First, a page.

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Utilita Energy pays customers £76 for using off-peak energy

Rebecca Goodman
Written By:
Rebecca Goodman
Posted:
Updated:
10/11/2022

Pay-as-you-go Utilita Energy customers could be paid up to £76 for using power during off-peak times.

The ‘Power Payback’ trial sees smart meter prepayment customers paid for reducing their electricity use during peak hours over the winter.

The scheme is currently in a trial stage and is running for a month. Households that take part in the scheme will be sent a text message an hour before the peak period, usually between 5.30pm and 10.30pm. This will happen once a week over the month-long trial.

Those who successfully reduce their energy consumption during these times will be given energy credits by the provider, equivalent to the amount of money they’ve saved by reducing their energy use.

The trial has been active for a week already, with 1,020 households taking part, and 72% of those have already received payments for reducing their energy consumption during peak hours.

If it is successful the supplier said it could cut up to £61.2m collectively off customer bills each year.

Once the trial ends, the scheme will be open for customers of Utilita to sign up to in winter 2023, although the exact date for this hasn’t been confirmed yet.

It comes as the National Grid has issued warnings that there could be power cuts, in the worst-case scenario, this winter if energy stocks run low.

Energy prices have soared over the last year due to rises in wholesale costs. They are now an average of £2,500 due to the Energy Price Guarantee, and predicted to rise to £3,700 when this ends in April.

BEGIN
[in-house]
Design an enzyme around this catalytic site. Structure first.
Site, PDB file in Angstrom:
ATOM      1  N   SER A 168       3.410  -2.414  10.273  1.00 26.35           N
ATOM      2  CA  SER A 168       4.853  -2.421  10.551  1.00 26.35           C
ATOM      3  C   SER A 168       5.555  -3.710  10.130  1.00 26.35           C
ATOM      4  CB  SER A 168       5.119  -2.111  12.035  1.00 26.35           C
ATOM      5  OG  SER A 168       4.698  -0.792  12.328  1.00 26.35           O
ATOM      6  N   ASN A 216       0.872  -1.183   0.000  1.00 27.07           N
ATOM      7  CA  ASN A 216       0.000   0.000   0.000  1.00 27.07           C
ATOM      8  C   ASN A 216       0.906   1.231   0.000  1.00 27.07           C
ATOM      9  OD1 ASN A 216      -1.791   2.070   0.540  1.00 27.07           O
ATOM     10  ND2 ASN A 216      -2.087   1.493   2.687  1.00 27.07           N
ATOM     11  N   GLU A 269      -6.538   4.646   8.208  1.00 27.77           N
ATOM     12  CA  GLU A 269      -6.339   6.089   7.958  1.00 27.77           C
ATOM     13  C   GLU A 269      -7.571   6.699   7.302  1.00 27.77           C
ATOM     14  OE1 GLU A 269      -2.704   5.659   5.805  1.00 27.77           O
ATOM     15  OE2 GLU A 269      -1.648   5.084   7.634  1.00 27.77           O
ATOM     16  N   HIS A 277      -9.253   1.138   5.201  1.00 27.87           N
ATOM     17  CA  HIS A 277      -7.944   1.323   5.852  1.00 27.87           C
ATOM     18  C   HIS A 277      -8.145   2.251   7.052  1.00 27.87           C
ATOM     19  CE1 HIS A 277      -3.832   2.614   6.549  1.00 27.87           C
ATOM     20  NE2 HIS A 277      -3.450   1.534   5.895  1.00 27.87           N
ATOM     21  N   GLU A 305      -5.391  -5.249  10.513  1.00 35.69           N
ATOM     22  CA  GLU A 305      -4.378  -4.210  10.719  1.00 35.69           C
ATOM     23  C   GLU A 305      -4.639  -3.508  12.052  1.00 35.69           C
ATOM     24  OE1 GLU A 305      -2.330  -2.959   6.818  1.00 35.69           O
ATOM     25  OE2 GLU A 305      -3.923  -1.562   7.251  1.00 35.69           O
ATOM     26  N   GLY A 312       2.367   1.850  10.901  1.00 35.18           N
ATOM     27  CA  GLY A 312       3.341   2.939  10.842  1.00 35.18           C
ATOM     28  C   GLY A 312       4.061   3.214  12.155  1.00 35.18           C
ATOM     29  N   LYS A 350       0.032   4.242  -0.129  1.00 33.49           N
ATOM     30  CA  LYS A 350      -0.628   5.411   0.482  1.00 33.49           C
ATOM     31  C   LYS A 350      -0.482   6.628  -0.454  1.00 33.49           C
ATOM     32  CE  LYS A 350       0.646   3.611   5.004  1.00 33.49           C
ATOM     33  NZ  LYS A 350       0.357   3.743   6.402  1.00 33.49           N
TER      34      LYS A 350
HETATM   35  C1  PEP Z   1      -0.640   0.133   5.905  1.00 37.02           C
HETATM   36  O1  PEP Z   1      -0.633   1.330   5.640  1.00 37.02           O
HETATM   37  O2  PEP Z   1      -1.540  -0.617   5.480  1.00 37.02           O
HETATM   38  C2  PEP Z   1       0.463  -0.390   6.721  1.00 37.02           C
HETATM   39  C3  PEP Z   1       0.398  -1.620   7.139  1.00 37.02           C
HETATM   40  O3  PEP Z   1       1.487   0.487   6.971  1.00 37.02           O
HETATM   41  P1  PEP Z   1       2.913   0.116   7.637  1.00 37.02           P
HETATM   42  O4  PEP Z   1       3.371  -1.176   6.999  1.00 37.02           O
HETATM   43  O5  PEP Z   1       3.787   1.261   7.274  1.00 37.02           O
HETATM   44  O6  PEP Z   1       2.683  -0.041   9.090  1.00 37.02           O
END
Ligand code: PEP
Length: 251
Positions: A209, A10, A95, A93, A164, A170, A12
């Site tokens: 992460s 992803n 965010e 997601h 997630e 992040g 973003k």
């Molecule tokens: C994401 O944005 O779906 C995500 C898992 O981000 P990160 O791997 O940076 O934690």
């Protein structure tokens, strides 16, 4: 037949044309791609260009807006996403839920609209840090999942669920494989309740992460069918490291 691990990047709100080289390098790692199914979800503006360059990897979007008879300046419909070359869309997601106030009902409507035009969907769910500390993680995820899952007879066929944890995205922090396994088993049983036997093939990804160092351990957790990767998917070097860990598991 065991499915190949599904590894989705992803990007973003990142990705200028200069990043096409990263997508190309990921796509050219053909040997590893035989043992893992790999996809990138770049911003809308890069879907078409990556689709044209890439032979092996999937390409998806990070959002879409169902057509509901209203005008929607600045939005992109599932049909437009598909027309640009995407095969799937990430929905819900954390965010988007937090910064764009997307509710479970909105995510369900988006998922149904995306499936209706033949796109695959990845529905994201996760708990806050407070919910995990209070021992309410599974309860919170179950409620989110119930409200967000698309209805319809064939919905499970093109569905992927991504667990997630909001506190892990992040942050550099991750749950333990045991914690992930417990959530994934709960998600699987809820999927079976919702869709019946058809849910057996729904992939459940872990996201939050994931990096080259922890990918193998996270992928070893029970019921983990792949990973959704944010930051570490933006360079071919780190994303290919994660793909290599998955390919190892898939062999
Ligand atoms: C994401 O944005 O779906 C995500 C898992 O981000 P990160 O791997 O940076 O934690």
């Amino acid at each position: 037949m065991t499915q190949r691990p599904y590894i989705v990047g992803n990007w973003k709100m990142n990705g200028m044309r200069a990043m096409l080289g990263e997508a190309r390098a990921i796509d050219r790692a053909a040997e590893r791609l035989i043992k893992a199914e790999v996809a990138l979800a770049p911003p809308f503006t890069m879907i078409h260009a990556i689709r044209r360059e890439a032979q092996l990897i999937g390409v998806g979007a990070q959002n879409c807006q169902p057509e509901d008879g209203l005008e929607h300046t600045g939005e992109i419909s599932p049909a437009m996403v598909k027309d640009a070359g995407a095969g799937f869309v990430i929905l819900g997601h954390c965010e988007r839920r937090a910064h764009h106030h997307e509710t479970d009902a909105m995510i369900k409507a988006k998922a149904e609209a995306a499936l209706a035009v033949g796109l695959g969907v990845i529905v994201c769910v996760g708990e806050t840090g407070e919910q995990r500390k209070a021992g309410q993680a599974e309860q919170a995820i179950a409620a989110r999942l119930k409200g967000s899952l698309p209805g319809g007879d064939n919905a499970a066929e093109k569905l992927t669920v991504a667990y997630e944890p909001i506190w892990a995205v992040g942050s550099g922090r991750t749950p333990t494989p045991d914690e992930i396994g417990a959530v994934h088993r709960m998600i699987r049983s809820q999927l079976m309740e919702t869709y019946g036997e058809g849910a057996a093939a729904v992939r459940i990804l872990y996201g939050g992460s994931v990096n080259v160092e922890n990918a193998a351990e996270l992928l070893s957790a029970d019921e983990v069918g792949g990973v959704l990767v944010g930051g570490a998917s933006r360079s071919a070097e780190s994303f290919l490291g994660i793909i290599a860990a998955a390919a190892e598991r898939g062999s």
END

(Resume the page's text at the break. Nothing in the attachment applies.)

A first for prepayment customers

The provider has one tariff, Smart +PAYG, which is a prepaid tariff with a smart meter. Utilita said it works differently to other prepayment providers, with tariffs proactively chosen by customers (rather than a customer being moved onto a prepayment meter by force if they are in debt to a provider). It also doesn’t apply any standing charges when a meter hasn’t been topped up.

It said the cost of its tariff is calculated on the “average cost of energy” that the provider pays when buying energy for its customers. It said by helping customers to avoid using energy in peak times, it can pay less for energy during these periods and can pass these savings onto customers.

Utilita said this trial is the first available for customers who prepay for their energy.

A similar trial was launched by Ovo Energy last month paying customers who switch their energy habits and use power during off-peak hours.

Balancing supply and demand

George Walters, Utilita’s chief home services officer, said: “Our Power Payback trial has been in development for over a year with a view to establish how consumers can respond to price signals, and while it remains very unlikely National Grid have to ask customers to reduce consumption this winter like the fear-mongering predicts, consumers will increasingly be able to support the balancing of supply and demand.

“So far, so good – within 48 hours of inviting customers to sign-up for the Power Payback trial, we were already oversubscribed by 50%, which is really encouraging.”

The aim of the trial is to reduce energy use in peak hours but also to understand how willing customers are to reduce their energy consumption during peak times.

The provider said it will look at the length of the peak hours to see if it’s easier for customers to make savings with shorter or longer periods.

National Grid’s ‘demand flexibility service’

The launch from Utilita comes in the same month as the National Grid began its ‘demand flexibility service’ . While Utilita’s scheme is completely separate, it works in a similar way.

The service received approval from Ofgem last week and started on 1 November. It will run until March and providers signing up will be encouraged to pay customers who use less electricity in peak hours.

Energy providers sign up to the scheme and they decide how they will reward customers who save money by tweaking their energy use. Households who want to benefit need to wait for their energy company to contact them with details of how they will use the scheme.